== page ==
A peptic ulcer is a sore in the inner lining of the stomach or upper small intestine
Ulcers form when the intestine or stomach's protective layer is broken down. When this happens, digestive juices—which contain hydrochloric acid and an enzyme called pepsin—can damage the intestine or stomach tissue.
Peptic ulcer is very painful , may force a patient to call even in very odd hours to doctor , and a doctor does not feel pain only , but can feel the fear of the persistence of that pain .
This pain is often described as burning or gnawing and may extend to your back. If you have a stomach ulcer, the pain usually comes on about 15 to 20 minutes after eating. If you have a duodenal ulcer, the pain will usually come on one to three hours after a meal. The pain may also wake you at night.Different people have different symptoms, and some people have no symptoms at all.
- A burning, aching, or gnawing pain between the belly button (navel) and the breastbone. Some people also have back pain. The pain can last from a few minutes to a few hours and may come and go for weeks.
- Pain that usually goes away for a while after you take an antacid or acid reducer.
- Loss of appetite and weight loss.
- Bloating or nausea after eating.
- Vomiting blood or material that looks like coffee grounds.
- Passing black stools that look like tar, or stools that contain dark red blood.
The two most common causes of peptic ulcers are:
- Infection with Helicobacter pylori Helicobacter pylori (H. pylori) bacteria.
- Use of nonsteroidal anti-inflammatory drugs (NSAIDs), such as aspirin, ibuprofen, and naproxen.
Certain lifestyle changes can lessen your risk of developing peptic ulcers. These include:
- Quitting smoking and other tobacco use
- Eating a healthy diet rich in fruits, vegetables, and whole grains
- Not drinking more than two alcoholic beverages a day
- Not mixing alcohol with medication
- Washing your hands frequently to avoid infections
- Limiting your use of ibuprofen, aspirin, and naproxen sodium
Nutrition and Dietary Supplements
Following these nutritional tips may help reduce symptoms:
- Foods containing flavonoids, like apples, celery, cranberries (including cranberry juice), onions, garlic, and tea may inhibit the growth of H. pylori.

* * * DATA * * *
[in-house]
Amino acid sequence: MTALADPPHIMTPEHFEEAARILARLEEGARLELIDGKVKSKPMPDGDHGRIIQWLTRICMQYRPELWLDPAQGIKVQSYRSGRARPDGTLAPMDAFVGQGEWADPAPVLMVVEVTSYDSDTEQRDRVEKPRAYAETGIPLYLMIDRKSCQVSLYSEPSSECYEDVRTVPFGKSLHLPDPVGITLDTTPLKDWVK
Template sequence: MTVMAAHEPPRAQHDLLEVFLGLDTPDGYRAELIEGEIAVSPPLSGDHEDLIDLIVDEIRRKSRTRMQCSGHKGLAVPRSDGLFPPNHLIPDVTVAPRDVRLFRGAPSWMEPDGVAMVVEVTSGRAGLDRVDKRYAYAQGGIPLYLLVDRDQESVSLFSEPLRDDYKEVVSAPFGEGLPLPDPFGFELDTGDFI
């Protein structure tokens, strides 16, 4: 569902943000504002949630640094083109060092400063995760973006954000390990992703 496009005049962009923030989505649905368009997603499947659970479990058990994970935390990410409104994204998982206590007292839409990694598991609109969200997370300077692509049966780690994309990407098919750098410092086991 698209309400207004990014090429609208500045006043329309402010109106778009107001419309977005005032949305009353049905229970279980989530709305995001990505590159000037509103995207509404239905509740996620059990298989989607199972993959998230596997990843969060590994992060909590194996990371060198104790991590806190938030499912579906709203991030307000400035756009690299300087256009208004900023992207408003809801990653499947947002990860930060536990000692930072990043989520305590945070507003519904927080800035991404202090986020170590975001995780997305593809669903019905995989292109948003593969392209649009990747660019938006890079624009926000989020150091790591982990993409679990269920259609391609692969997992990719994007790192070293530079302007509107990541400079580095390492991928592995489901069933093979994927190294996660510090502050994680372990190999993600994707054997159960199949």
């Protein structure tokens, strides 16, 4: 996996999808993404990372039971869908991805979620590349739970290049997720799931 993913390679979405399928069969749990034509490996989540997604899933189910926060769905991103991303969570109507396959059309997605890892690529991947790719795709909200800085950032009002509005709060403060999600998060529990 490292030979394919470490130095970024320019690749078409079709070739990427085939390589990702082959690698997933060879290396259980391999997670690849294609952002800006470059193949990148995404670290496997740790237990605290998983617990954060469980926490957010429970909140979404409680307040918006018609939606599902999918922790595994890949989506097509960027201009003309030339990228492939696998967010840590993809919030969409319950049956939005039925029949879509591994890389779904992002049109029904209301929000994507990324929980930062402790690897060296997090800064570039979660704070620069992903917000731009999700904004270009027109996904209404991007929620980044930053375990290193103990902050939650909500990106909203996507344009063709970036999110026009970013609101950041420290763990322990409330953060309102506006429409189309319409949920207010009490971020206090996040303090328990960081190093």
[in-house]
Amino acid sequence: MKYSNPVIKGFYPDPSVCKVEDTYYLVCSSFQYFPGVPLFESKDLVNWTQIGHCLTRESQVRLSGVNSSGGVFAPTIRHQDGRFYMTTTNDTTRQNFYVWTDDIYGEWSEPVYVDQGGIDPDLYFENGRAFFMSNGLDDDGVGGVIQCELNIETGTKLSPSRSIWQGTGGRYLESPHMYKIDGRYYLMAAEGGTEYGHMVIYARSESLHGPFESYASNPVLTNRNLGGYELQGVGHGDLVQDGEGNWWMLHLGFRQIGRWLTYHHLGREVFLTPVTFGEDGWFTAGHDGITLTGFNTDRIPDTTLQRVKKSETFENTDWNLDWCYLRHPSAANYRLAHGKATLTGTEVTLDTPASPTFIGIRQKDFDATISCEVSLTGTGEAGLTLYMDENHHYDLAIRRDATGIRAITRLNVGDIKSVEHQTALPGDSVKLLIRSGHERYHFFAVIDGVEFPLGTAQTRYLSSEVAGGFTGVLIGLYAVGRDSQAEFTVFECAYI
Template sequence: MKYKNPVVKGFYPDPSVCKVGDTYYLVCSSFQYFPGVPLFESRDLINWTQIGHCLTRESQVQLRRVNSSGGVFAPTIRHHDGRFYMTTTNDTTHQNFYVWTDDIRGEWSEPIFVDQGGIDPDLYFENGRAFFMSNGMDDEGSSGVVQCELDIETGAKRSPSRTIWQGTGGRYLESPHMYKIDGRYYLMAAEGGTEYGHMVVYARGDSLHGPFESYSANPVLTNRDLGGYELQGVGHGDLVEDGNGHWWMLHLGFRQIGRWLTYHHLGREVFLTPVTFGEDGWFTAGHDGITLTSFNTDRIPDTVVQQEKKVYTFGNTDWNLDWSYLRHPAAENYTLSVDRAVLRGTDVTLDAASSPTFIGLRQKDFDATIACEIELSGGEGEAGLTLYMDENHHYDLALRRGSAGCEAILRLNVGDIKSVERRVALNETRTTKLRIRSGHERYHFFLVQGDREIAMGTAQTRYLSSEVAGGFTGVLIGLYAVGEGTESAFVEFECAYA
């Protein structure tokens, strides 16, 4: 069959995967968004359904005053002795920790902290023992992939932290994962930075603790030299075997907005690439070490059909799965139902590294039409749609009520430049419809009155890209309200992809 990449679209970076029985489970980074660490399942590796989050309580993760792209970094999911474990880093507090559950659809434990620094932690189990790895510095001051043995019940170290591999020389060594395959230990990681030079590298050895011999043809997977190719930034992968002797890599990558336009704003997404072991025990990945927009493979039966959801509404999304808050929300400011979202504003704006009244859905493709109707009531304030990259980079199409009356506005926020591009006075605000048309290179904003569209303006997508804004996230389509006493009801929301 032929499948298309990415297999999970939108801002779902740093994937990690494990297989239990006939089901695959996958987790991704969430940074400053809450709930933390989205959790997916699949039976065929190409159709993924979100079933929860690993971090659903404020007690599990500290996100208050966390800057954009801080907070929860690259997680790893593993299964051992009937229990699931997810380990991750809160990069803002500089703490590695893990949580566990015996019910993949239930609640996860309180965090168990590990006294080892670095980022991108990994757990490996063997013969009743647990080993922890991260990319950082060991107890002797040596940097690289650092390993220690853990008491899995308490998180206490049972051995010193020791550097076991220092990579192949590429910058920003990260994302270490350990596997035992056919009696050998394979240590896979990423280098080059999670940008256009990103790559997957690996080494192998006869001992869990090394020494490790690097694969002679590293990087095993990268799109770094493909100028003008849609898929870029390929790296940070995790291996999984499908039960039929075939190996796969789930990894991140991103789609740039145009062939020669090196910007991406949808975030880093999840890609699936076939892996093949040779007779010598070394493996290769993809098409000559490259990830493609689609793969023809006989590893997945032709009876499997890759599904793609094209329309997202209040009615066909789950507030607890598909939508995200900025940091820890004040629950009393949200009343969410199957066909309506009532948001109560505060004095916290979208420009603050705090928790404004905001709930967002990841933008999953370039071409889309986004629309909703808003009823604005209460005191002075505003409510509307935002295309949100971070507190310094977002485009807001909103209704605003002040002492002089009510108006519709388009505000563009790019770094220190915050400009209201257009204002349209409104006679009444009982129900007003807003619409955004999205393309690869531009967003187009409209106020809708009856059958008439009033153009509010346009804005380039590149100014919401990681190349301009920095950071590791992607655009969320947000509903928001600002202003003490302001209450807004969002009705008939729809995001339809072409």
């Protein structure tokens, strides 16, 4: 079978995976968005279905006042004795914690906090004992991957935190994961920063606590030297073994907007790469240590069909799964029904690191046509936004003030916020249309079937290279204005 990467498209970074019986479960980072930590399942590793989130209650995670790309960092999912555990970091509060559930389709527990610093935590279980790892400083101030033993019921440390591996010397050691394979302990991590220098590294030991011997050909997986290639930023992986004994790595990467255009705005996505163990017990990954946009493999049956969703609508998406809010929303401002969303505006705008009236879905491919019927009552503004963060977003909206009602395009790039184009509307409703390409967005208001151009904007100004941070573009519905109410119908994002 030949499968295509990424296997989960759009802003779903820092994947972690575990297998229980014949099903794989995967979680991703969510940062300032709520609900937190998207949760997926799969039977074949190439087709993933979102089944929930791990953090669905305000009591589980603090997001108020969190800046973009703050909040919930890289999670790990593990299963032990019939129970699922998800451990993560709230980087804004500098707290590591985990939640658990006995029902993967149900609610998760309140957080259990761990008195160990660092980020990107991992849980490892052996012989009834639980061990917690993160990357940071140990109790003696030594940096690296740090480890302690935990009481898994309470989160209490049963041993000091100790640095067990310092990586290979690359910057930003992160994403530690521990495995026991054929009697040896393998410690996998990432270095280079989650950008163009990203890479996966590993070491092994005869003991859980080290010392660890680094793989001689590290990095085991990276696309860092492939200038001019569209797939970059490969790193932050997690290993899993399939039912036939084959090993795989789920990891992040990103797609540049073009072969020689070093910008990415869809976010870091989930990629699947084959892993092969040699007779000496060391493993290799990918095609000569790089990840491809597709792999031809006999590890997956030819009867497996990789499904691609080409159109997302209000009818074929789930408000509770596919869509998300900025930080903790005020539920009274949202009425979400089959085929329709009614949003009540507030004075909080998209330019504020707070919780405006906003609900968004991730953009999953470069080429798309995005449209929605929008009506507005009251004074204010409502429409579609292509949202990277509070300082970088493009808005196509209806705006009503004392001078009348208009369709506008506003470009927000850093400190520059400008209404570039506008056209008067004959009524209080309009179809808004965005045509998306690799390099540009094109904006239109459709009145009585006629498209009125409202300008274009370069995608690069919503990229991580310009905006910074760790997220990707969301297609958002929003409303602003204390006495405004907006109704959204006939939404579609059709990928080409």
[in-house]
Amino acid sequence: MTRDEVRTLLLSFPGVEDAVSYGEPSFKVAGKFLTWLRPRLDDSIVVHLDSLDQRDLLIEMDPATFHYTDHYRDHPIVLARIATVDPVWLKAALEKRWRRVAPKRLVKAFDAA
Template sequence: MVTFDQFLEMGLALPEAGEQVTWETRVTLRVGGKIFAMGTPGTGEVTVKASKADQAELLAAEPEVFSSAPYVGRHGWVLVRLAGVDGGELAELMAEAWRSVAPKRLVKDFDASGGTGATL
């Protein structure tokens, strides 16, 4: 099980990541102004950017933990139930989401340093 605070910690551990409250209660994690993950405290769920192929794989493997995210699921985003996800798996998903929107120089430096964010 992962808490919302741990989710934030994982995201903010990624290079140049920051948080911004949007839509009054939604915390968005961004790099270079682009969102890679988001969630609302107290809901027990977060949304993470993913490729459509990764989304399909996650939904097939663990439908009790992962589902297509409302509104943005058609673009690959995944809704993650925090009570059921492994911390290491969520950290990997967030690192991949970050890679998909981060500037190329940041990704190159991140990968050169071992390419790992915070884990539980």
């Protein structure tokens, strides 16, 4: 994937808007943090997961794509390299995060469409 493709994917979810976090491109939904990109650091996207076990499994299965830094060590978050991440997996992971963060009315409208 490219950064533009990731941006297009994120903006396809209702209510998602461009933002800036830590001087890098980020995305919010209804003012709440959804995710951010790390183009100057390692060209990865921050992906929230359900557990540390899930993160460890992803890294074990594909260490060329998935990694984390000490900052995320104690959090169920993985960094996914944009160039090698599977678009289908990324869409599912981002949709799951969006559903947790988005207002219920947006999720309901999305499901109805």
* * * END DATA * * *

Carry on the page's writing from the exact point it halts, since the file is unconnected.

- Eat antioxidant rich foods, including fruits (such as blueberries, cherries, and tomatoes), and vegetables .
- Eat foods high in B vitamins and calcium, such as almonds, beans, whole grains (if no allergy), dark leafy greens (such as spinach and kale), and sea vegetables.
- Avoid refined foods, such as white breads, pastas, and sugar.
- Eat fewer red meats and more lean meats, cold water fish, tofu (soy, if no allergy) or beans for protein.
- Use healthy oils, such as olive oil or vegetable oil.
- Reduce or eliminate trans-fatty acids, found in commercially baked goods such as cookies, crackers, cakes, French fries, onion rings, donuts, processed foods, and margarine.
- Avoid beverages that may irritate the stomach lining or increase acid production including coffee (with or without caffeine), alcohol, and carbonated beverages.
- Drink 6 - 8 glasses of filtered water daily.
- Exercise at least 30 minutes daily, 5 days a week.
These supplements may also help:
- Probiotic supplement , Probiotics or “friendly” bacteria may help maintain a balance in the digestive system between good and harmful bacteria such as H. pylori. Probiotics may help suppress H. pylori infection and may also help reduce side effects from taking antibiotics, the treatment for an H. pylori infection. Some probiotic supplements may need to be refrigerated for best results.
- Vitamin C, 500 - 1,000 mg 1 - 3 times daily -- One study found that taking vitamin C along with triple therapy allowed the dose of one antibiotic to be lower. Vitamin C may also be helpful in treating bleeding stomach ulcers.